Wednesday, March 11, 2015

CANT Z.501

 Z.501, Grupo 62 Aviacion Legionaria
Serial: 62-8

Pollensa, Spain, 1939.
Z.501, Squadriglie da Ricognizione Marittima
Serial: 46-6

The Z.501 single-engined reconnaissance bomber flying boat was the first project of the new staff. Built in 1934, the Z.501 immediately gained prestige for Italy with a non-stop seaplane distance record of 2560 miles from Monfalcone to Massawa, Eritrea, in October of the same year. In 1935, after the French had exceeded the distance, the Z.501 flew 3080 miles non-stop from Monfalcone to Berbera, British Somaliland, regaining the record. On both flights the pilot was Mario Stoppani, chief pilot for Cant. This was an auspicious start for the Z.501, which in 1936 began a long career of service with the Regia Aeronautica. The flying boat was still in limited use at the end of the Second World War, in spite of its total obsolescence.

With an extensively-braced wing and float structure, the Z.501 presented a somewhat ungainly appearance that contrasted with its beautifully-streamlined hull. A familiar sight along Italian coasts for ten years, the Z.501 earned the affectionate nickname Mammaiuto (literally, "Mamma, help''') from the reaction of Italian children seeing it for the first time. The more ordinary name Gabbiano (Seagull) was also applied to the flying boat. Employing a 900 h.p. Isotta-Fraschini Asso XI R2C 15 twelve-cylinder liquid-cooled engine mounted in the wing, the Z.501 was built almost entirely of wood, with fabric-covered wing and tail surfaces. The hull contained two gun positions in the bow and aft of the wing; a third position was located in the engine nacelle above the wing. All three posts fitted single 7.7-mm. weapons. Bombs were carried under the wings in racks attached to the bracing struts. The load was normally two 550-lb. bombs, or four 352-lb., 220-lb., or 110-lb. bombs. Early models of the Z.501 employed two-bladed wooden airscrews, later replaced by the three-bladed metal type. The nose gun was omitted from some later models. Otherwise, the Z.501 underwent little change during its career.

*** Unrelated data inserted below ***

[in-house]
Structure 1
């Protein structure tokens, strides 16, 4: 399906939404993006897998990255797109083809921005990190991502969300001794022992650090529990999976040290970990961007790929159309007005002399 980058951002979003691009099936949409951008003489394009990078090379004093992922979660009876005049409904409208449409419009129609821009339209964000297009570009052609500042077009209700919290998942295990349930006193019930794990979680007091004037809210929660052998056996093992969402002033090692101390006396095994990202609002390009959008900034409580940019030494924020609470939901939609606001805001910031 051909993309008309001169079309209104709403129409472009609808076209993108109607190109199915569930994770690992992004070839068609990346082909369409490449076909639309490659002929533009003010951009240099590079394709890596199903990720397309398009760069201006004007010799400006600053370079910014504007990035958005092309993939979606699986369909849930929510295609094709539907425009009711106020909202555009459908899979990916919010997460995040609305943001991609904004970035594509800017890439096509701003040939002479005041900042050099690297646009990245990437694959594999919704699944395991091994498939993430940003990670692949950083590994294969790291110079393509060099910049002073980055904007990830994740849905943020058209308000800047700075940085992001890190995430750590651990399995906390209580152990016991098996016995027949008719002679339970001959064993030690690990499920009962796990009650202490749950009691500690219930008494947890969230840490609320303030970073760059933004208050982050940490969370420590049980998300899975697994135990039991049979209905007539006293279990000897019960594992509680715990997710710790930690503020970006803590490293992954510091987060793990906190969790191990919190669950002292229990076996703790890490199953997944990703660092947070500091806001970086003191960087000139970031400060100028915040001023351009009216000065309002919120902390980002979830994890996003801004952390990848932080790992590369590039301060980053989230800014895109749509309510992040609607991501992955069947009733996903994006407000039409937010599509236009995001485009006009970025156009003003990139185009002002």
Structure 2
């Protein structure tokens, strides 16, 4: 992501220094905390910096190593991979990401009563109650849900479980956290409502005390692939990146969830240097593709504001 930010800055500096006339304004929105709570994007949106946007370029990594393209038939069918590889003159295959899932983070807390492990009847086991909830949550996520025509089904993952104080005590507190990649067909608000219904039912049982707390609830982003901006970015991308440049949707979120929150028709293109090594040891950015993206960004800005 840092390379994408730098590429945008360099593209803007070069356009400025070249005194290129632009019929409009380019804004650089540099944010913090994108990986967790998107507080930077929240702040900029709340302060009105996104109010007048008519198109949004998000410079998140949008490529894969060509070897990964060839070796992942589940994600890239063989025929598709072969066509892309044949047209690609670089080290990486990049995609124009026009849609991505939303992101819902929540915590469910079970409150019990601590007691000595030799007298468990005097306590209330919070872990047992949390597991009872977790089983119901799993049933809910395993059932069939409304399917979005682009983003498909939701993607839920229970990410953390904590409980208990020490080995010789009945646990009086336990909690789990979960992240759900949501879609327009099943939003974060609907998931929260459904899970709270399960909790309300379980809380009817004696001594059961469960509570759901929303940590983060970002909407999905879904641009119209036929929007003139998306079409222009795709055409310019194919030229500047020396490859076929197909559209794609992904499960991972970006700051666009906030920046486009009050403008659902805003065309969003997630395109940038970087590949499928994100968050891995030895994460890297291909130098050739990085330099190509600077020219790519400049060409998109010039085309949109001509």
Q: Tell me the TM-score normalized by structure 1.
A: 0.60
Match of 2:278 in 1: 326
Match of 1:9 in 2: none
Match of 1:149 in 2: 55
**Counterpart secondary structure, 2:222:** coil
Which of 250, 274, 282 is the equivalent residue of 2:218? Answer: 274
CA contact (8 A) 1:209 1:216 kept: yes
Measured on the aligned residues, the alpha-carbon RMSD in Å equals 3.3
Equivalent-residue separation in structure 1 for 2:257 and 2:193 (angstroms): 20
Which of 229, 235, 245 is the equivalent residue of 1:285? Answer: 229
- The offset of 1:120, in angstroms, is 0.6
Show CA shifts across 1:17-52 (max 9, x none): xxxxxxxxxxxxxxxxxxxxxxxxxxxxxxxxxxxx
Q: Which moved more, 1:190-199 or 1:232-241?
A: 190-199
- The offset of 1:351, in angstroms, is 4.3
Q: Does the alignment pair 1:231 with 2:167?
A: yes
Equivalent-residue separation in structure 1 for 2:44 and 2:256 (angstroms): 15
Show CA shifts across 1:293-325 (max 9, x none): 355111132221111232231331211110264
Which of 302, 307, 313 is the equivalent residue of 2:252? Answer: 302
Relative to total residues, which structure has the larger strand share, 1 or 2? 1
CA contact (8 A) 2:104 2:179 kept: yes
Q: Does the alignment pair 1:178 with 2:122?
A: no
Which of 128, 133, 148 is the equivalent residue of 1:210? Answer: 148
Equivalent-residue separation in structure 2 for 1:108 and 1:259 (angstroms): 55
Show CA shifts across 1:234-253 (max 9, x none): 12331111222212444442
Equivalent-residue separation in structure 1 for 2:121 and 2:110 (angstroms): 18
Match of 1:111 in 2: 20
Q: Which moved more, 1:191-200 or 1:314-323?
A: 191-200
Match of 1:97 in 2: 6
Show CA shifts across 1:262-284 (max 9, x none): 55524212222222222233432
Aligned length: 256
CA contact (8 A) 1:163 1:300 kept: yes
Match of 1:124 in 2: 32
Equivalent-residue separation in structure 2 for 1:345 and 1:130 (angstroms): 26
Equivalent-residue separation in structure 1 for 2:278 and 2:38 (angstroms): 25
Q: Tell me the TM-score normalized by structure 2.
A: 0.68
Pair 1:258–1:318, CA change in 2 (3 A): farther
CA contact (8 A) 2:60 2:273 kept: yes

In 1937-38 Rumania purchased a number of Z.501's to equip a coastal defense and naval cooperation group. Some of the Italian flying boats saw action in the Spanish Civil War.

When Italy entered the Second World War on June 10, 1940, the Z.501 equipped seventeen Squadriglie and four Sezioni, as follows: the 141a-148a , 171a , and 182a-189a Squadriglie da Ricognizione Marittima, and 1a, 3a-5a Sezioni Costiere; based on the Adriatic and Tyrrhenian Seas, Sardinia, Sicily, and smaller Italian islands. Of the 202 aircraft available, approximately 109 were in first-line operation. In spite of its long-range capabilities, the Z.501 was slow and vulnerable. Nevertheless, it served with the Regia Aeronautica until the Armistice, and continued with both the Allied Co-Belligerent Air Force and the Fascist Aviazione della RSI (Repubblica Sociale Italiana) until the end of fighting in Italy.

Performance of the Z.501 included a maximum speed of 171 m.p.h. at 8200 ft. and a cruising speed of 149 m.p.h. at 6560 ft. Climb to 13,120 ft. required 16 minutes. Normal cruising range with full military load was 621 miles, while maximum range was 1490 miles. Span was 73 ft. 10 in., length 46 ft. 11 in., height 14 ft. 6 in., and wing area 667.4 sq. ft. Empty the Z.501 weighed 8470 lb; with the normal load the weight was 13,090 lb., although the maximum figure was 15,510 lb.

1 comment:

  1. "a third position was located in the engine nacelle above the wing." - I can't think of another WW2-era aircraft that had a turret locayed above the engine nacelle.